Which is what lends so much of this season its demonic power and allure.  We know that Will is searching for the answers that will free him and finally condemn Hannibal.  But we also know that even at its best, his mind can be a funhouse of mirrors on the verge of cracking.  So the possibility that low ratings or a sudden creative shift might lead to major changes in the narrative seems to always be a very plausible prospect.  Will’s method of easing his psyche while incarcerated (by escaping into visions of him fly fishing) is a beautiful counterpoint to the stark ugliness of his cell.  But even in that pastoral beauty, he can't escape the Wendigo, whose emergence from the stream immediately before the opening credits offers a stunning image that foreshadows the epic battle of wills that comes to dominate this season.  But the question of who’s fighting who and what for will become much hazier before the apocalyptic events of the finale.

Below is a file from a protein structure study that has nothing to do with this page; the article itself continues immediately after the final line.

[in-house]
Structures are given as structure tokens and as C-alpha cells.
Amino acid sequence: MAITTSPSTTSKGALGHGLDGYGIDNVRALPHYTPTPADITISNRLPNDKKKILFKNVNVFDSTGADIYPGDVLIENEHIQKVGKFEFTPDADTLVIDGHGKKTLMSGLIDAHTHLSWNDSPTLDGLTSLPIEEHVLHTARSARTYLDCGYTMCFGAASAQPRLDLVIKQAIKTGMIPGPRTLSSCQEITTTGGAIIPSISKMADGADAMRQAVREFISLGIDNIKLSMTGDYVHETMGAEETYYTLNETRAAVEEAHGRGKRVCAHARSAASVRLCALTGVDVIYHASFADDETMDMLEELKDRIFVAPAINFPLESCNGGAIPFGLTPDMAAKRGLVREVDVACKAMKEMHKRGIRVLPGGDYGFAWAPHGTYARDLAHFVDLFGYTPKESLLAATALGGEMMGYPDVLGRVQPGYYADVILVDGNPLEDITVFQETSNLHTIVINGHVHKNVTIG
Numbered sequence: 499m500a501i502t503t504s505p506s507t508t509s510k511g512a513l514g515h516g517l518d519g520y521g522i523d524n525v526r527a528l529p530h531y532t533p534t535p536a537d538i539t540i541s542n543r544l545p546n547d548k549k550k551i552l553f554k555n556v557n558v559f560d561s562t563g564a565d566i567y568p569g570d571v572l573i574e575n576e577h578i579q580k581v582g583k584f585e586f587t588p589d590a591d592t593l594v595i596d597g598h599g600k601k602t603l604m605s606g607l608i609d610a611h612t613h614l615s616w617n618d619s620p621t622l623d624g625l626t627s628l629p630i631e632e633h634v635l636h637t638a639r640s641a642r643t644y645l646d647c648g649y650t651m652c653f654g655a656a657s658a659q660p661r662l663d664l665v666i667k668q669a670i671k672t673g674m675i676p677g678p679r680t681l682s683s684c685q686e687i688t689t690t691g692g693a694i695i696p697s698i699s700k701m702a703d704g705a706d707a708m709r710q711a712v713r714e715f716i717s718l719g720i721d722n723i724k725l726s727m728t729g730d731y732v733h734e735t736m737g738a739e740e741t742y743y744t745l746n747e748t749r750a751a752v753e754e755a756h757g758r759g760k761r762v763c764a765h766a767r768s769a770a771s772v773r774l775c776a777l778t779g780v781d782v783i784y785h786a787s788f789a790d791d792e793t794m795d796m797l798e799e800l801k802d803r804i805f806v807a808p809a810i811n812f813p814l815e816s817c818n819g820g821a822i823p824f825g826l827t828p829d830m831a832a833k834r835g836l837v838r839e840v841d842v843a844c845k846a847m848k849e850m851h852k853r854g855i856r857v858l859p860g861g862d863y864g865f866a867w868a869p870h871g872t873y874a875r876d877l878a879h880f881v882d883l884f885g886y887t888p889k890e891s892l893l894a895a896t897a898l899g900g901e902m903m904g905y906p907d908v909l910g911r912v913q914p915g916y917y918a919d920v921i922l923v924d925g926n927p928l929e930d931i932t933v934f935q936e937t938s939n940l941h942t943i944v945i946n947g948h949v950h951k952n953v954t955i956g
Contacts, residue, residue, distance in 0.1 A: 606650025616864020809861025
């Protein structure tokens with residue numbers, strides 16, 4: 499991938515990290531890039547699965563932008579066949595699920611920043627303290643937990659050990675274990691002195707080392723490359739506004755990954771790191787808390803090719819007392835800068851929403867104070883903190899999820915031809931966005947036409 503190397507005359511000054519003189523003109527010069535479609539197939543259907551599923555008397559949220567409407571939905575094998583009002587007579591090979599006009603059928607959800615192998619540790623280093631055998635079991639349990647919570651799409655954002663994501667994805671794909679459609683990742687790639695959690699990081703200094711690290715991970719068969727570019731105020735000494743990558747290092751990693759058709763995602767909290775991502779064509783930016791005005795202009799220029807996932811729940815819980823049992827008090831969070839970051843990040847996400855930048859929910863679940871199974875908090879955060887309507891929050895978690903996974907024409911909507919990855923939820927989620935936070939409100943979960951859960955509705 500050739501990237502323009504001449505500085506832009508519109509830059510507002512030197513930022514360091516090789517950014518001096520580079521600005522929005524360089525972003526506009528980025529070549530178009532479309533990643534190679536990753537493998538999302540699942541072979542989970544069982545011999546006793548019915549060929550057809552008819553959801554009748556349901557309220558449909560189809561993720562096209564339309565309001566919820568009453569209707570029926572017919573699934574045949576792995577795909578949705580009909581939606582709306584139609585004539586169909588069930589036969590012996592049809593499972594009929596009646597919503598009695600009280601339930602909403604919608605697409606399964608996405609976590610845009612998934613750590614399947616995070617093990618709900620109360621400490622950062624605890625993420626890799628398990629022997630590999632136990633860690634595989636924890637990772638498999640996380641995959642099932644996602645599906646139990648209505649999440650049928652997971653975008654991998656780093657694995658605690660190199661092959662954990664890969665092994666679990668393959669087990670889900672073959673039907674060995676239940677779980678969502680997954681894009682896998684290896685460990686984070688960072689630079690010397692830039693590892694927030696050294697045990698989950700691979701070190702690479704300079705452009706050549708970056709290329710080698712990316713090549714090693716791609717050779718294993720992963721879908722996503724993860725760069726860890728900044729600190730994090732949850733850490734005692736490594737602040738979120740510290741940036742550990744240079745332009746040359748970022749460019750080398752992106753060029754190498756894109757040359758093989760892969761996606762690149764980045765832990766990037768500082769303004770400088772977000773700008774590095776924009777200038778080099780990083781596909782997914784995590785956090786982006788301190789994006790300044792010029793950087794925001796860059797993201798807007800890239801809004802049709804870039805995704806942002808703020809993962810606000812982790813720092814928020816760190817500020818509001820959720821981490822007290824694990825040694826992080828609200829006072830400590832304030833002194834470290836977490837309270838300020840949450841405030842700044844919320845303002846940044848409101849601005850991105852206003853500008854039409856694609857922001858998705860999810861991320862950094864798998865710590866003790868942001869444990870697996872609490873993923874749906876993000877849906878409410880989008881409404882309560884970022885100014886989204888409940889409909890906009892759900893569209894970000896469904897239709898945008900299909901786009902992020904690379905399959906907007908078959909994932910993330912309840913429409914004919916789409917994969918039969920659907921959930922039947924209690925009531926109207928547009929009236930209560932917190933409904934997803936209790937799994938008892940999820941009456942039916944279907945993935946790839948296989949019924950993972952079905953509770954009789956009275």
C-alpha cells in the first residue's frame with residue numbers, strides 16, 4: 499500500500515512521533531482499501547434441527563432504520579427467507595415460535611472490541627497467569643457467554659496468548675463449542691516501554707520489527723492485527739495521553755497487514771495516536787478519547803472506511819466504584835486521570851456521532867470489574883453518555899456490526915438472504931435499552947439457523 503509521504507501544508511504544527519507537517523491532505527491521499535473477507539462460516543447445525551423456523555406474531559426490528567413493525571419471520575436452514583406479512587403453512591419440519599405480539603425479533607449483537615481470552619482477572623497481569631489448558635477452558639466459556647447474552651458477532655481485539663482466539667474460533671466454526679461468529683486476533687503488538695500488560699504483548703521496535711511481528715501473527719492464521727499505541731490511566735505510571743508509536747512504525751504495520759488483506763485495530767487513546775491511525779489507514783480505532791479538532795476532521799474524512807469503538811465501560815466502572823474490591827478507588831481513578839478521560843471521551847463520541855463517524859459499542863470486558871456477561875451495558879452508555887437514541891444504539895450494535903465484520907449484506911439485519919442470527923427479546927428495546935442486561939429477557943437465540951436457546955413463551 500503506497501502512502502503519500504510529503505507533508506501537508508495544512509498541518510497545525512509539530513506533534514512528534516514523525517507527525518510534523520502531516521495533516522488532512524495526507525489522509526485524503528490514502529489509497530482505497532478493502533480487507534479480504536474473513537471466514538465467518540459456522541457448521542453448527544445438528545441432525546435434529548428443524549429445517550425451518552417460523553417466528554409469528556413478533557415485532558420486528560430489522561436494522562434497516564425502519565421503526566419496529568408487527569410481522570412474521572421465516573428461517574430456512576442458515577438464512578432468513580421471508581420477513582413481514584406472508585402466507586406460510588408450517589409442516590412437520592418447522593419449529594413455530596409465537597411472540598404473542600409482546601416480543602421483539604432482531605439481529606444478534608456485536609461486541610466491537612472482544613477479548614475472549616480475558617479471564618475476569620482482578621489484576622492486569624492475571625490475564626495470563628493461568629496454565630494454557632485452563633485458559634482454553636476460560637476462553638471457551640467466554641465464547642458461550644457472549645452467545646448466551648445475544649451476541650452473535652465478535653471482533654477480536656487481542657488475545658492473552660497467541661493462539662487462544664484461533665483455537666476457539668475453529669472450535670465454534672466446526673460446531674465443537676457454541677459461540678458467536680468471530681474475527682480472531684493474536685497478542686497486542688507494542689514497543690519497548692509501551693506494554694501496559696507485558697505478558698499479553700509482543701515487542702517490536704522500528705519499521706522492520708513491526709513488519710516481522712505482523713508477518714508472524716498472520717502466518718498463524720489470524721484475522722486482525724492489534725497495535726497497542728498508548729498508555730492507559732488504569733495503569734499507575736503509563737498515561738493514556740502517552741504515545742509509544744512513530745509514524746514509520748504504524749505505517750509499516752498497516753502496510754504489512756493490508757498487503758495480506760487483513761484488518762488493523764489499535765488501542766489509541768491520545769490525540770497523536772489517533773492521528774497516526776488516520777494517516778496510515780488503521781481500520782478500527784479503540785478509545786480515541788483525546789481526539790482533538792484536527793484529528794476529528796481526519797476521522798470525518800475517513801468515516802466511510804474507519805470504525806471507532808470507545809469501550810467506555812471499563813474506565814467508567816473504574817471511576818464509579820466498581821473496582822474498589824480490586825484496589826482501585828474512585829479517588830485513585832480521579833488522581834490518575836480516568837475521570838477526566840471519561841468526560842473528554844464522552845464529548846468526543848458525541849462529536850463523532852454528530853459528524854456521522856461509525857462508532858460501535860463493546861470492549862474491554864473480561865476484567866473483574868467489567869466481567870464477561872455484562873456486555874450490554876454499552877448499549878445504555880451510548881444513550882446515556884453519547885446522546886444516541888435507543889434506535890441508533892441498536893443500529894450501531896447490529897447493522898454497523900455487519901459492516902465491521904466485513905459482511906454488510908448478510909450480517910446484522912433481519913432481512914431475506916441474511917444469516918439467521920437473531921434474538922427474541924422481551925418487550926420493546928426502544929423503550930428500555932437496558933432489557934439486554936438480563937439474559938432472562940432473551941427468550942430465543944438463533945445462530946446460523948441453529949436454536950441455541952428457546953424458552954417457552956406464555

And speaking of the finale…there are the powerful opening moments of “Kaiseki”, which in time will be revealed as the beginning of the bloodbath awaiting at season’s end.  Teasing the climactic scene at the beginning of a narrative has become somewhat of an overused trope in modern television and film, but it works like gangbusters here.  For one, it upends the expectations set up by the first season, in which Hannibal’s icy, controlled demeanor helps to shape the slow burn tension of the plot.  Seeing Mads Mikkelsen gracefully vault over his kitchen counter to engage in a brutal melee with Laurence Fishburne runs completely counter to the general restraint we’ve seen him display so far (one or two murders aside).  It also firmly ties him to the animalistic vision he holds in Will’s eyes, while also establishing a fascination with how these two men eventually end up literally at each other’s throats.